Prosecutors have asked a federal judge to put a Kansas doctor and his wife behind bars for life for operating a clinic linked to dozens of patient overdose deaths.
In a court document filed Thursday in U.S. District Court in Wichita, prosecutors asked Judge Monti Belot to impose life prison sentences on physician Stephen Schneider and his wife, Linda Schneider. Four of the most serious counts the Schneiders were convicted of carry minimum sentences of 20 years, and prosecutors asked Belot to impose those sentences consecutively.
Their sentencing is Oct. 19.
A federal jury in June found the Haysville couple guilty of unlawfully prescribing drugs, health care fraud and money laundering following a nearly eight-week trial. A federal jury convicted them of a moneymaking conspiracy that prosecutors linked to 68 overdose deaths.
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The government noted in its filing that jurors found the Schneiders' conduct resulted in serious bodily injury to 14 individuals, and the deaths of 10 patients.
"If this were a serial murder case, instead of a drug dispensing and health care fraud case, there would be no question that life sentences should be imposed," Assistant U.S. Attorney Tanya Treadway wrote. "The Court should consider the dire consequences of the defendants' crimes, regardless of the type of crimes they committed."
Attorney Lawrence Williamson, who represents the doctor, said the defense does not believe the couple should be sentenced to life in prison and plans to ask the judge for the minimum sentence he can give them. He noted the 57-year-old doctor had never been in trouble with the law before this case.
"There is undisputed evidence that he was trying to help people and I think that is an important factor that we hope the court takes into consideration," Williamson said.
In addition to conspiracy, the Schneiders were found guilty on five counts of unlawfully writing prescriptions and 11 health care fraud counts. They also faced 17 money-laundering counts. Stephen Schneider was found guilty on two of those counts; Linda Schneider was found guilty of 15 money-laundering charges.
The government contends losses for clinic services and prescriptions was more than $20 million, with some 93 insurance programs and more than 500 patients defrauded.
Kevin Byers, the lead defense attorney for Linda Schneider, did not immediately return a call for comment.
Linda Schneider, 52, is in a tougher position than her husband at sentencing because not only was she convicted of more money-laundering counts, but she also has a previous felony conviction for fraud. Prosecutors also recorded threats she made against her former defense attorney and Treadway while imprisoned before trial.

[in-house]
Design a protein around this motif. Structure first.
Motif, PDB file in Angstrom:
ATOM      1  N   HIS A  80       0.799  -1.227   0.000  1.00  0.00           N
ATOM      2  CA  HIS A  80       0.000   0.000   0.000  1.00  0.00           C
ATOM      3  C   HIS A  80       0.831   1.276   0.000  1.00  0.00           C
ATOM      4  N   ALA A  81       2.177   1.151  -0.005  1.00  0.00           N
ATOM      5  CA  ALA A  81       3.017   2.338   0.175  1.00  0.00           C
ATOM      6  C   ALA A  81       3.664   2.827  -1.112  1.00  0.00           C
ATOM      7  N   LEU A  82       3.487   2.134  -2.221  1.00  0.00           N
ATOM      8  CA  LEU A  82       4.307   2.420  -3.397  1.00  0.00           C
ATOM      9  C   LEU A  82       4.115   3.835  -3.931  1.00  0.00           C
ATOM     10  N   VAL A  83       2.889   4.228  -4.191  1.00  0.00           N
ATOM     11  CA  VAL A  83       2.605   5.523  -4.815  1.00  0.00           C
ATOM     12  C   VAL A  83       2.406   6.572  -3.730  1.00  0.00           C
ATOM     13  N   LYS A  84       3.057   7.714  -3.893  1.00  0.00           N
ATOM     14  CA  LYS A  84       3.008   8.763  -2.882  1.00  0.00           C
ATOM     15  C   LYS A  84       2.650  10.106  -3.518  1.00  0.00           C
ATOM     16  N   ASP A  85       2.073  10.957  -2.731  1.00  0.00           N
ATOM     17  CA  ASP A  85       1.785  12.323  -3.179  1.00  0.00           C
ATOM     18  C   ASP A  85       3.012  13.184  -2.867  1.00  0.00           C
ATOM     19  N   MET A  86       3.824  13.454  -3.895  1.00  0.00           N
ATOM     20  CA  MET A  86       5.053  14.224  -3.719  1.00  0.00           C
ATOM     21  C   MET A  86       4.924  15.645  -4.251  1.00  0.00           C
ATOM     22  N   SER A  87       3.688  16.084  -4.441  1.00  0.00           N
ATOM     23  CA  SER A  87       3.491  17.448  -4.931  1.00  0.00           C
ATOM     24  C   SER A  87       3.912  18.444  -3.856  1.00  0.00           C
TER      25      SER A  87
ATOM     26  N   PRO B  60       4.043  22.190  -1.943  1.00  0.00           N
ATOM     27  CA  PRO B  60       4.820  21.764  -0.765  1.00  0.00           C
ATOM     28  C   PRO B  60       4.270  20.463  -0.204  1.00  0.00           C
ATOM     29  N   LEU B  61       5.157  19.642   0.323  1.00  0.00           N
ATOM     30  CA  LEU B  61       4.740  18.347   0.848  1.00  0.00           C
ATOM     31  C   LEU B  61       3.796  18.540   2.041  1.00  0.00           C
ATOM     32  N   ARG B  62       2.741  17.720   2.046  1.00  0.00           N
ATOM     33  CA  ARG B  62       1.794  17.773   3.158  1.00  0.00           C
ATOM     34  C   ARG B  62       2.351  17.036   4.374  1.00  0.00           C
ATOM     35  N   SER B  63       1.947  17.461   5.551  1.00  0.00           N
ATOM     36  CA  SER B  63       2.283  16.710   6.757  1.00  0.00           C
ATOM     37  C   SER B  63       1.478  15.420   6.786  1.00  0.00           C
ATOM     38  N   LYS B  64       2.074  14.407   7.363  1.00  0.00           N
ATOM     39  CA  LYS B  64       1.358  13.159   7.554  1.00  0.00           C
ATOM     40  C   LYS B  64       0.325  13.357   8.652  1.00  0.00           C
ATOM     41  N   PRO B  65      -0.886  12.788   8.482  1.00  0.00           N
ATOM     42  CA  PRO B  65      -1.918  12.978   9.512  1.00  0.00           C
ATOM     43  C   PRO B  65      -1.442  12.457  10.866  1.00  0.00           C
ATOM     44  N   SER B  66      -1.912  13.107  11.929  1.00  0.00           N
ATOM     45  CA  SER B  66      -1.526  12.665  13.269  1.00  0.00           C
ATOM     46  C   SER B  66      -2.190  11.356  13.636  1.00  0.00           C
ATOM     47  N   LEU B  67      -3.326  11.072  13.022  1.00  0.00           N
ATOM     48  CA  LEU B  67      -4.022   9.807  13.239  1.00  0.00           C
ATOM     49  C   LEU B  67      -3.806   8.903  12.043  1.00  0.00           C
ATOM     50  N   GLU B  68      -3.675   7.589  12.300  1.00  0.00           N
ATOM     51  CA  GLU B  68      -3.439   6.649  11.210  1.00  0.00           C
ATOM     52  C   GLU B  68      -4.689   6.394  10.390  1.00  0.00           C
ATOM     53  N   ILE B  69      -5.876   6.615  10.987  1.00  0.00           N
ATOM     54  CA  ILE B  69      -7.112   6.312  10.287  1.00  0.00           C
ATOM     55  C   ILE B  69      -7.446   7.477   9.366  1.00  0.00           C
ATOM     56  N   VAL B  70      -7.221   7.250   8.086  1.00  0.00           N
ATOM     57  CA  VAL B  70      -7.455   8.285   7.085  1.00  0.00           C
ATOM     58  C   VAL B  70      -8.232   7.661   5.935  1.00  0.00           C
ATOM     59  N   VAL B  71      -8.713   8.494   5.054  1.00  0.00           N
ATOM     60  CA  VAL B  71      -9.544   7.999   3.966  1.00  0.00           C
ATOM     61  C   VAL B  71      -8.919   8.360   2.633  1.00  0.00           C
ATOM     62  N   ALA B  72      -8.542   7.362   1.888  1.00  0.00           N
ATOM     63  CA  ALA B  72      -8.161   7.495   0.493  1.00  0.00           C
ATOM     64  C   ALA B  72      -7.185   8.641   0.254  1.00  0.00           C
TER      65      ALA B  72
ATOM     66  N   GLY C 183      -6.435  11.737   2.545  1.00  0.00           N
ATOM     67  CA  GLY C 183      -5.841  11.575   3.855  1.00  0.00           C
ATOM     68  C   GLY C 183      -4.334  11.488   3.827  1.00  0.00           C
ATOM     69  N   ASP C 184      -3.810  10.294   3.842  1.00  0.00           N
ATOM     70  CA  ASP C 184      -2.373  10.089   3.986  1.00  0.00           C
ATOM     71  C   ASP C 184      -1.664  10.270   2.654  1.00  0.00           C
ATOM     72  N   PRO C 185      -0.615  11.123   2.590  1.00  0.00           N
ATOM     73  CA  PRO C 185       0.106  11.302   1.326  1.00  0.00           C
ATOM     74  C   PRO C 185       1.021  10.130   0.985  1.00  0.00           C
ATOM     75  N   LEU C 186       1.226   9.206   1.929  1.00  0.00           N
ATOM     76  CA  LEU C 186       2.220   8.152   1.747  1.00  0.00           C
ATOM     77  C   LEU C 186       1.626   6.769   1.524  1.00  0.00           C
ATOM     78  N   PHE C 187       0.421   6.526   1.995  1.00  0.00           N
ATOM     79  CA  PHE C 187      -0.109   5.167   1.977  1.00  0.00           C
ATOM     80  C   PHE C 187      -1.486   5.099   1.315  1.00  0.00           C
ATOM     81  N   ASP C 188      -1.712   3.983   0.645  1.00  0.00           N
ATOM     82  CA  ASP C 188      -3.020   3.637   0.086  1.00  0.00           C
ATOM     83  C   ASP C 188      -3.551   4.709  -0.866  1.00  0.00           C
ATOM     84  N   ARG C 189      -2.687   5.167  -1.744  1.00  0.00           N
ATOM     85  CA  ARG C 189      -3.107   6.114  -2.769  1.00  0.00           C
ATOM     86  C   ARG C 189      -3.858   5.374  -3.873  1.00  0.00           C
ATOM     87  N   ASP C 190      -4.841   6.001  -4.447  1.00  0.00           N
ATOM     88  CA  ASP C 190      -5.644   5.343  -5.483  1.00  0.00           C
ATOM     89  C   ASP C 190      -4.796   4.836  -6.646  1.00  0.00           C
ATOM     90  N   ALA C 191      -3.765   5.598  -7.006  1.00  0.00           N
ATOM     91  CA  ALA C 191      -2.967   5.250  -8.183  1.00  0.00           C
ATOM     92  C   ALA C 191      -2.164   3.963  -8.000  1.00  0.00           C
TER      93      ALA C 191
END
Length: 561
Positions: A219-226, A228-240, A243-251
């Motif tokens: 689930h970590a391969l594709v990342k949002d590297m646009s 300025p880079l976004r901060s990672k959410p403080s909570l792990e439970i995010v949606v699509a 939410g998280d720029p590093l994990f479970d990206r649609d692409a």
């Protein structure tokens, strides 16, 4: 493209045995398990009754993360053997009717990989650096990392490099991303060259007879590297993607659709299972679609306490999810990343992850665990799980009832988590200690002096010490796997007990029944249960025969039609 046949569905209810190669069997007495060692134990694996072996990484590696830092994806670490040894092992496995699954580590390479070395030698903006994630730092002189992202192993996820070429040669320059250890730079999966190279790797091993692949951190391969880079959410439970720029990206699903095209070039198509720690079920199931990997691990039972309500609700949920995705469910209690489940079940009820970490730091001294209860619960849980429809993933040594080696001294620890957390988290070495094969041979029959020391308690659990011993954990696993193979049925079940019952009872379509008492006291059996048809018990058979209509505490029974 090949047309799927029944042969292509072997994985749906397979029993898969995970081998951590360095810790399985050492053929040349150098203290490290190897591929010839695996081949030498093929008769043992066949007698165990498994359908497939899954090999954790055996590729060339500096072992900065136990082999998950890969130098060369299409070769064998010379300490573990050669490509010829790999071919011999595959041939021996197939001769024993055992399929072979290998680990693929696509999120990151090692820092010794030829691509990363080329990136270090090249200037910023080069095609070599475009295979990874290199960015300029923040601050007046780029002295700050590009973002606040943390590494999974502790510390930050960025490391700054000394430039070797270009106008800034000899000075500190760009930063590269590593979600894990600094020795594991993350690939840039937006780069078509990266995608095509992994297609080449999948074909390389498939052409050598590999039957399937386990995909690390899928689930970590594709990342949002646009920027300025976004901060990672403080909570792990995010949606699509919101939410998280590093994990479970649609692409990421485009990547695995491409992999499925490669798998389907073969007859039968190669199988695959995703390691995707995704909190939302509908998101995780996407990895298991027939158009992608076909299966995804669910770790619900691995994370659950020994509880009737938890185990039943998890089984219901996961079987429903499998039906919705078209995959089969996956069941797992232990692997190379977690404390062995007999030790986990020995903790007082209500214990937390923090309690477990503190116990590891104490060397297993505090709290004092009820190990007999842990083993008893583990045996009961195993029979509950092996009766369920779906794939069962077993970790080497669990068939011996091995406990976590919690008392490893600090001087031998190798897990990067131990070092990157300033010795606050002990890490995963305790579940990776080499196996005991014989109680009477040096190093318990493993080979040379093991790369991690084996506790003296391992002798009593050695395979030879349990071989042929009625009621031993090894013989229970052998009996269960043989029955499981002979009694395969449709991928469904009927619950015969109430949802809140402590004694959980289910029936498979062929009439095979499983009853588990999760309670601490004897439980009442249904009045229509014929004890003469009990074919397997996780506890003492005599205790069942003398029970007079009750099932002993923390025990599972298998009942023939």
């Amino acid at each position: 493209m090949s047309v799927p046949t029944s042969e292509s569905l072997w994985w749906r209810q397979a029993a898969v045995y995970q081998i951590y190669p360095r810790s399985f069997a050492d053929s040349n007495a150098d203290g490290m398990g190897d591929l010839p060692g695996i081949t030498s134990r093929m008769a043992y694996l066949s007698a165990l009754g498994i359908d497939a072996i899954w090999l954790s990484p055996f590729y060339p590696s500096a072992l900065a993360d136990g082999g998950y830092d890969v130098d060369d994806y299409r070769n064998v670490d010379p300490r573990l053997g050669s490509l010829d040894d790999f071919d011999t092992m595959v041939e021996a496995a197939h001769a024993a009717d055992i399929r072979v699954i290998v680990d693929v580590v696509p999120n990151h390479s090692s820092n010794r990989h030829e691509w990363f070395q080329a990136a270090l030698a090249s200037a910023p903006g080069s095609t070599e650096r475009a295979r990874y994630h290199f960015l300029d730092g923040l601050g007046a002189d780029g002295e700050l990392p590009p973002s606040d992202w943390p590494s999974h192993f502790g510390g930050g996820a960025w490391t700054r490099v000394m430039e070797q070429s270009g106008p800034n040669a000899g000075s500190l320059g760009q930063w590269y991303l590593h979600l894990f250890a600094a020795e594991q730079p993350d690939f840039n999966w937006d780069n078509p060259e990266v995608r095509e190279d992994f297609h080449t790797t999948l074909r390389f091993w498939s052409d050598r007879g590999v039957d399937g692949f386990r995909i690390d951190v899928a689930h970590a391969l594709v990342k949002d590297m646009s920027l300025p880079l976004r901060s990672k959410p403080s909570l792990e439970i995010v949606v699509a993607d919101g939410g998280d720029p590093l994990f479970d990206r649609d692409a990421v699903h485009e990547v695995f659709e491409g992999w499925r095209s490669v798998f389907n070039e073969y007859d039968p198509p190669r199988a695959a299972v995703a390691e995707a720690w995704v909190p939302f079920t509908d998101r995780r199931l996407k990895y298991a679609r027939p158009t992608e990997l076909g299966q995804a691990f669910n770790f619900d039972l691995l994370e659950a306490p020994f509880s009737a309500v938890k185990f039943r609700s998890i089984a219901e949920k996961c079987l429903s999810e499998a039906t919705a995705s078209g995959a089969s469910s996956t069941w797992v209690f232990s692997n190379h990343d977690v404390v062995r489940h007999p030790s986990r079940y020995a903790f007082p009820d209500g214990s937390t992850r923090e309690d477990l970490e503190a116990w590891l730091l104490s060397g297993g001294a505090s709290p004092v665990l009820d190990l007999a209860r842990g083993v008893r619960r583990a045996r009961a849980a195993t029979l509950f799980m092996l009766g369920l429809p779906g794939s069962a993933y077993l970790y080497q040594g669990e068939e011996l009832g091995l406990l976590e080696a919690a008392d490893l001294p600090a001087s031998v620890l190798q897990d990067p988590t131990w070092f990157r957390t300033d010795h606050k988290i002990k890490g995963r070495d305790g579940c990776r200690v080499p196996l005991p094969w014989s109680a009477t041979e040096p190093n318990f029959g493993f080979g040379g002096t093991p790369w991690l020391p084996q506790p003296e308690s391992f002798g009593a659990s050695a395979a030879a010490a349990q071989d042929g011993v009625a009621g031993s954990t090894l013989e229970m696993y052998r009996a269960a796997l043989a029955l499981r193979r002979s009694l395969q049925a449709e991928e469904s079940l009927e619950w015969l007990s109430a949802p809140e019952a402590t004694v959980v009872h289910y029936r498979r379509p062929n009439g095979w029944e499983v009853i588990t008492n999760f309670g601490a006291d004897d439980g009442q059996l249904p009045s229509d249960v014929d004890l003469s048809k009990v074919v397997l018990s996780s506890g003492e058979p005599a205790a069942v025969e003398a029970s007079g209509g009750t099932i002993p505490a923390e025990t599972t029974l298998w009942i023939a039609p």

Belot wrote in an earlier decision refusing to toss out the verdict that, based on the entirety of the evidence, the jury was entitled to conclude that Linda Schneider was "the chief architect" of the defendants' criminal conduct.
To support a life sentence, prosecutors argued in their filing that the Schneiders victimized a large number of vulnerable patients. The government also contended the couple organized an extensive criminal activity, noting there were other "criminally responsible co-conspirators."
Prosecutors also argued in their filing that the Schneiders should get the life sentences for obstructing justice.
The government contends the doctor and his father-in-law created a false lien to keep an Oklahoma property out of the hands of civil plaintiffs in medical malpractice cases and out of the hands of the government in the criminal case.
Prosecutors also argued in asking for the life sentences that Linda Schneider through a family member indirectly attempted to intimidate trial witnesses and that their attorneys allowed witnesses to lie on the stand.
"It is expected they would seek life based on the sentencing guidelines," Williamson said. "But what is unexpected is the steps that they are going through to create all these false innuendoes to support their request."
He said it is untrue the Schneiders obstructed justice and that there is no evidence that Linda Schneider attempted to intimidate witnesses. He also said defense attorneys did not knowingly allow anybody to misrepresent anything on the stand.
Defense attorneys expect to file an appeal, Williamson said, adding that they plan to ask the court to appoint other appellate counsel.